Friday, October 17, 2014

The paradox of capitalism

I read articles so fast that I tend to skip important things -- this paragraph by Laura Cassiday in this week's C&EN is one of them. Thanks to one of the ACS' innumerable e-mail newsletters, it was put in front of my face again: 
Who says big companies are cold, heartless behemoths, where employees are numbers and every decision is based on the bottom line? The three companies highlighted in this year’s C&EN profile of top companies for chemists are out to dispel this perception. Although large, these companies foster collaboration and the building of communities within the larger corporate community, making every employee feel like a valued member of a team striving for a common goal. The companies recognize that employees are more than just their job titles, giving them the flexibility to fulfill personal as well as professional obligations.
I understand what Ms. Cassiday is saying: that companies that provide flexibility to employees to fulfill personal obligations are worth of attention and praise.

But! Ultimately, all three of the companies in the article (Genentech, Novo Nordisk, and AstraZeneca) are publicly-traded companies and at the end of the day, the big decisions that affect people (who to hire, who to fire) are all based on the bottom line. It's not a perception -- it's a reality.

That is one of the strange paradoxes of the modern economy: the biggest, largest companies are the ones that typically pay the best, offer the most lavish benefits and do well at making people feel like "a team." Yet, they are the ones that are most likely to conduct mass layoffs in order to satisfy their shareholders. Capitalism - it contains multitudes.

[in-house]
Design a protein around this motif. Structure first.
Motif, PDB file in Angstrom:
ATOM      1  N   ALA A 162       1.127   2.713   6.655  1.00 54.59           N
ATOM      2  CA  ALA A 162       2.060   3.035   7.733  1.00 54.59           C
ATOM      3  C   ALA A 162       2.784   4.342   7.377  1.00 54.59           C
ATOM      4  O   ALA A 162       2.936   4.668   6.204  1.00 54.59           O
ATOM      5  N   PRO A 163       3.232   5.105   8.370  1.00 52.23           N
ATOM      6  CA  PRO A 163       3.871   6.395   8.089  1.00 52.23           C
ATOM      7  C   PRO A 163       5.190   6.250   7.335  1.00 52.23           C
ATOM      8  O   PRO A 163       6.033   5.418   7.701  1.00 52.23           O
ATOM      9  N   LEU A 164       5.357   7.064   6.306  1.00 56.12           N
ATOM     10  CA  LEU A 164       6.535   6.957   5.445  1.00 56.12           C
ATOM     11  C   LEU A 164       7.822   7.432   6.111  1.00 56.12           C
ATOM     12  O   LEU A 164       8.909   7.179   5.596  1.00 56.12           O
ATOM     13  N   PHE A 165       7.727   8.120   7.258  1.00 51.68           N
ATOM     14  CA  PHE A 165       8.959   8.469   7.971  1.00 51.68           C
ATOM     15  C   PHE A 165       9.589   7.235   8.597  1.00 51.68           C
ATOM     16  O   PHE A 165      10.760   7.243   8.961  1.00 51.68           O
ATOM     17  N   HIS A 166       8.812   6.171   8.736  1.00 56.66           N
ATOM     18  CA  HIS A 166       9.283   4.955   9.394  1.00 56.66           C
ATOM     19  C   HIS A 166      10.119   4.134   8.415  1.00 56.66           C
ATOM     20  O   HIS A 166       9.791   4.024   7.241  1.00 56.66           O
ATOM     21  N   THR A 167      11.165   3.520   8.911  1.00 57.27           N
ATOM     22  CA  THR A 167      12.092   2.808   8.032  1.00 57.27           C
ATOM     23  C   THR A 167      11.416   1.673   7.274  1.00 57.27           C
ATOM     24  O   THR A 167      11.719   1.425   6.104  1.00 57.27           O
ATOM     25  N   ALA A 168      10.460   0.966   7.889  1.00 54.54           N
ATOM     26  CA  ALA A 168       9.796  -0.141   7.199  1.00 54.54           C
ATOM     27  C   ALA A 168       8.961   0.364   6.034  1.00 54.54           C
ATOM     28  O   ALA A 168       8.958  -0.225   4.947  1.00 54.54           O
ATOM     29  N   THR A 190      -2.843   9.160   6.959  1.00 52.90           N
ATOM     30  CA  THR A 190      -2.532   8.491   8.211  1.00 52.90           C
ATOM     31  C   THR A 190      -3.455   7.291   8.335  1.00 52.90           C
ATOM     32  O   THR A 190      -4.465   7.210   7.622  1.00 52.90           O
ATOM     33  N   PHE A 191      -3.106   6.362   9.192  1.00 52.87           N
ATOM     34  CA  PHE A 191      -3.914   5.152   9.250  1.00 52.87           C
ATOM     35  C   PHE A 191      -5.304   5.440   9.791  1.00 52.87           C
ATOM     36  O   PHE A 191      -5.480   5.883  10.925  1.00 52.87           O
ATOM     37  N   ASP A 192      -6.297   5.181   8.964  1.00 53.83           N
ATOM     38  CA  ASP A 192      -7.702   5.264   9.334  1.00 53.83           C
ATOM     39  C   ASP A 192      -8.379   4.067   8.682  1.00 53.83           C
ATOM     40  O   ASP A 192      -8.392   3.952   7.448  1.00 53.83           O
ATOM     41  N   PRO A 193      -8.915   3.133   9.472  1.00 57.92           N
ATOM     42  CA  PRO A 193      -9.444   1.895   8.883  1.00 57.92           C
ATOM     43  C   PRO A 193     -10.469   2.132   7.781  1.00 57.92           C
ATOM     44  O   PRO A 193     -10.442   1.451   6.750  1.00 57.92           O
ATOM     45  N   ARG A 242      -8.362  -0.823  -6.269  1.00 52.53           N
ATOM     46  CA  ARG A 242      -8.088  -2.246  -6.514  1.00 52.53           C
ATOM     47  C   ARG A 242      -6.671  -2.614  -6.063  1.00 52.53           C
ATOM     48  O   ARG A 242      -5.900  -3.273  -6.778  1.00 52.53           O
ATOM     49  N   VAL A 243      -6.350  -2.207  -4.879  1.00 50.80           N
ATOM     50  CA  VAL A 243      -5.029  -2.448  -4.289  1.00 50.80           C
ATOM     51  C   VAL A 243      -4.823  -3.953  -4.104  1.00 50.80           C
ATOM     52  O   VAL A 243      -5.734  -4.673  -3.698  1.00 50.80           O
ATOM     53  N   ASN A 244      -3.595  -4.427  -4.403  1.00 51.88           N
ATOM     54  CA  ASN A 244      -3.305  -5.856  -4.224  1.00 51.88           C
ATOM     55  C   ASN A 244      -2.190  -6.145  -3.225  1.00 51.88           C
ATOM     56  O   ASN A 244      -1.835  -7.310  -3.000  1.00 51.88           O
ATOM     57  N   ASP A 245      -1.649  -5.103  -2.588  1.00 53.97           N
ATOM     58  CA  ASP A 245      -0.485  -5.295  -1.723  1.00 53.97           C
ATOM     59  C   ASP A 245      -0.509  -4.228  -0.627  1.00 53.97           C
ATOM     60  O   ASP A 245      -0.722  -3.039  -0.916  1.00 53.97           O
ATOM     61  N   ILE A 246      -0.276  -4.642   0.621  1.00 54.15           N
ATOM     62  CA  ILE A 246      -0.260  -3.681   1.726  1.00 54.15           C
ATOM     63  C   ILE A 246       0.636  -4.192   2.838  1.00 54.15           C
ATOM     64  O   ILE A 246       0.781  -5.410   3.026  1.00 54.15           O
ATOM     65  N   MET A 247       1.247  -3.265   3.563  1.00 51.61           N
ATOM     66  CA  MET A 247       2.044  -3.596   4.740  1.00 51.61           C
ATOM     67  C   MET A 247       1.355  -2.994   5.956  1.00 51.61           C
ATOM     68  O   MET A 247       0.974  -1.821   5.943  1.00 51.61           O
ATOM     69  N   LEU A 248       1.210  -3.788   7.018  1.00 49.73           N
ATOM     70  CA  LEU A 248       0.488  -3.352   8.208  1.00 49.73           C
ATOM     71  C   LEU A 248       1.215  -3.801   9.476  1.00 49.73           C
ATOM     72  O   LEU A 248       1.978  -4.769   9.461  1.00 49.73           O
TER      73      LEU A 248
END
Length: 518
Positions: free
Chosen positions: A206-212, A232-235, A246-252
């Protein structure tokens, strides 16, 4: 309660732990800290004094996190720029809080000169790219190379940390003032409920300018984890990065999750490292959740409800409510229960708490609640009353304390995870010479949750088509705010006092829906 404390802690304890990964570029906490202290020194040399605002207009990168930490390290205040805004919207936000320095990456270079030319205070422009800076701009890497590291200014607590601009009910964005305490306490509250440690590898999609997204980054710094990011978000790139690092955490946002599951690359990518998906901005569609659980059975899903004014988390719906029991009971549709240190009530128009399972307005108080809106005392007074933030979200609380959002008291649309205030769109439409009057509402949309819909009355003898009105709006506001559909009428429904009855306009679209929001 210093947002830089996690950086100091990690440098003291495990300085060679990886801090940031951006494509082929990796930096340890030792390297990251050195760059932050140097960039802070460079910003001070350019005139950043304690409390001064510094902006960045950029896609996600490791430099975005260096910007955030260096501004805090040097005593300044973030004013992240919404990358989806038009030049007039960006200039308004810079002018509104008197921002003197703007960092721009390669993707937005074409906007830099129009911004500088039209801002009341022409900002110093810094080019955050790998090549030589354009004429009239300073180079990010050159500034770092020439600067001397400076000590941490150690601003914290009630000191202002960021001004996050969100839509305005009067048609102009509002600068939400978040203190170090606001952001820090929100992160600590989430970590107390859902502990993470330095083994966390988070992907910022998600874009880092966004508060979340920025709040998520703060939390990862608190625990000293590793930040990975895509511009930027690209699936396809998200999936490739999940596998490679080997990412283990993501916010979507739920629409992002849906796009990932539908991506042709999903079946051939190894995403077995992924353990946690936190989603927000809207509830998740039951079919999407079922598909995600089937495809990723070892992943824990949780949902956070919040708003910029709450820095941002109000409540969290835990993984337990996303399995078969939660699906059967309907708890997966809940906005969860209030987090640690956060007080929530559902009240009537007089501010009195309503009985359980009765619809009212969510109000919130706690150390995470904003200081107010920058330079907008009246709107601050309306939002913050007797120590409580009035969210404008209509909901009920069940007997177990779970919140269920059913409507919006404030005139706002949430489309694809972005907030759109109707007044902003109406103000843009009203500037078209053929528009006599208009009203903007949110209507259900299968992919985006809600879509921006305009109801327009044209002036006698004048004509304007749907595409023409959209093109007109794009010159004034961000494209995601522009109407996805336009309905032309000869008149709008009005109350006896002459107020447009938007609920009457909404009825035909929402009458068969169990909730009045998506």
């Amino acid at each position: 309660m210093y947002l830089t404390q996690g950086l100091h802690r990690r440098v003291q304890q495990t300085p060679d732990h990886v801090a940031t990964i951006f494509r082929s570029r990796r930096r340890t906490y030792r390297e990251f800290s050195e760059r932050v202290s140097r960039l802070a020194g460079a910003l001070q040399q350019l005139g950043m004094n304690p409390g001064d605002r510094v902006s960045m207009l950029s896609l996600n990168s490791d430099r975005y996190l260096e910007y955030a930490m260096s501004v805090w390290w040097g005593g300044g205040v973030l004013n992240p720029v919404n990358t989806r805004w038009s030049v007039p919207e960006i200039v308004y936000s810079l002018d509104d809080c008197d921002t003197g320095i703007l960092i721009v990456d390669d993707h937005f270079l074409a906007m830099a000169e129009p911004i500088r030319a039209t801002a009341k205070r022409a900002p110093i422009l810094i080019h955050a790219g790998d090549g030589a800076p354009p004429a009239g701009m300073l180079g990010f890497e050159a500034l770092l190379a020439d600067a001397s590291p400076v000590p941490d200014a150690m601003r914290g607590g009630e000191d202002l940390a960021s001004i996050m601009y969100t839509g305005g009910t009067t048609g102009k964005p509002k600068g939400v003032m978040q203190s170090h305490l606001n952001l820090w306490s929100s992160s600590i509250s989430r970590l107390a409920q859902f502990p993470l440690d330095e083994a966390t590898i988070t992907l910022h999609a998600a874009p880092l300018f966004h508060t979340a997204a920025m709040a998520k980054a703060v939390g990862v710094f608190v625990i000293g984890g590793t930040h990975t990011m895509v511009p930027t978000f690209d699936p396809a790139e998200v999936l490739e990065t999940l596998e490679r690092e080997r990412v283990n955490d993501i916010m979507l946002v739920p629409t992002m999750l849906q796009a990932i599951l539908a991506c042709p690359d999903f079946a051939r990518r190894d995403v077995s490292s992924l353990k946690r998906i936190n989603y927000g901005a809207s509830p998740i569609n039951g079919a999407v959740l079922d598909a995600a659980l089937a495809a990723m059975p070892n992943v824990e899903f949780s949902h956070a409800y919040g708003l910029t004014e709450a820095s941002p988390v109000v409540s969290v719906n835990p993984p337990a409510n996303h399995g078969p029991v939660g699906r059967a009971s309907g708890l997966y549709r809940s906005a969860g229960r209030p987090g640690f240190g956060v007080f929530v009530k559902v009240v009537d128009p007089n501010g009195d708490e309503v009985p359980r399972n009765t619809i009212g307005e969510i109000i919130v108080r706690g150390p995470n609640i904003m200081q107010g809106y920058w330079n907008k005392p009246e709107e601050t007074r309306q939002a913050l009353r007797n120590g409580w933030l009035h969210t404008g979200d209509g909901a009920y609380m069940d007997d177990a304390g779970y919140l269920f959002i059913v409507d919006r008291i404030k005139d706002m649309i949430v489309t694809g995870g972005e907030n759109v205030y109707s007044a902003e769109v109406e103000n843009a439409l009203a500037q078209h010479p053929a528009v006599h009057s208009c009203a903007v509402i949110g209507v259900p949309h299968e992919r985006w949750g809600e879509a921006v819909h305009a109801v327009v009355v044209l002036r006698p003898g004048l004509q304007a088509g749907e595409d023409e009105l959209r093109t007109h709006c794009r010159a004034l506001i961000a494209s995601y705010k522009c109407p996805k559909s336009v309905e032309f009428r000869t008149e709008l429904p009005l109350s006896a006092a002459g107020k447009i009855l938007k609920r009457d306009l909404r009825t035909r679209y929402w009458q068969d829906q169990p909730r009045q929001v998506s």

1. I am not sure what you mean by suggesting large organizations do well at making people feel like "a team" as my experience has been the opposite, where indeed often more a number than an individual, and although you may work on a project team with other groups there is much more siloing with departmental rivalries/politics to deal with and your contribution get muted. I guess there are teams in sports, perhaps college level mostly, where typically if are successful its the Coaches and Management will receive the lion's share of credit and rewards rather than the players and such also tends to happen to a greater degree as get bigger. Of course commonly larger companies have more lavish site Summer and Christmas Parties which are often quite nice. I have a number of t-shirts and other nick-nacks from company events or Sales & Marketing excess conference give-a-ways. These things probably create a bigger illusion of team spirit than the reality for most the people working in labs and plants.

  2. I know a guy who used to work at Genentech. He told me that it was way better before it went public, good pay, good people, and high level of creative energy. After that, just another corporation and massive layoffs. He left before the environment becomes too unbearable..

  3. Long term strategic thinking is being cut down and thrown out in sector after sector. Aspiring execs are encouraged to be 'agile' and a CV full of changes of role is now seen as a positive thing. Initiating and driving change are seen as key qualities - staying around to finish the job, not so much. Fostering real, risk-taking innovation takes too much time for these people so they would rather cut jobs and play it safe. Where we do see real long term thinking it is completely bound up in the cult of personality around a single senior leader (e.g. Steve Jobs at Apple) and quickly begins to unravel as that leader either loses control or disappears (just look at the completely incremental and un-noteworthiness of Apple's latest offerings in the market compared to its earlier game-changers).

    Bottom-line is all that matters, it is hard-wired into the DNA of a post-globalisation business. In order to succeed in that environment you need to realise that and try and manoeuvre yourself to be on 'trend' at any moment in time. Of course this is a complete anathema to any sort of career reliant on real technical expertise such as chemistry, unless you are willing to upsticks and move state, country, continent every few years to follow the jobs.

    That is the reality of modern corporate life.

    PS I like to use Apple as an example of negative behaviours as their virtues are rammed down my throat everyday by said aspiring execs.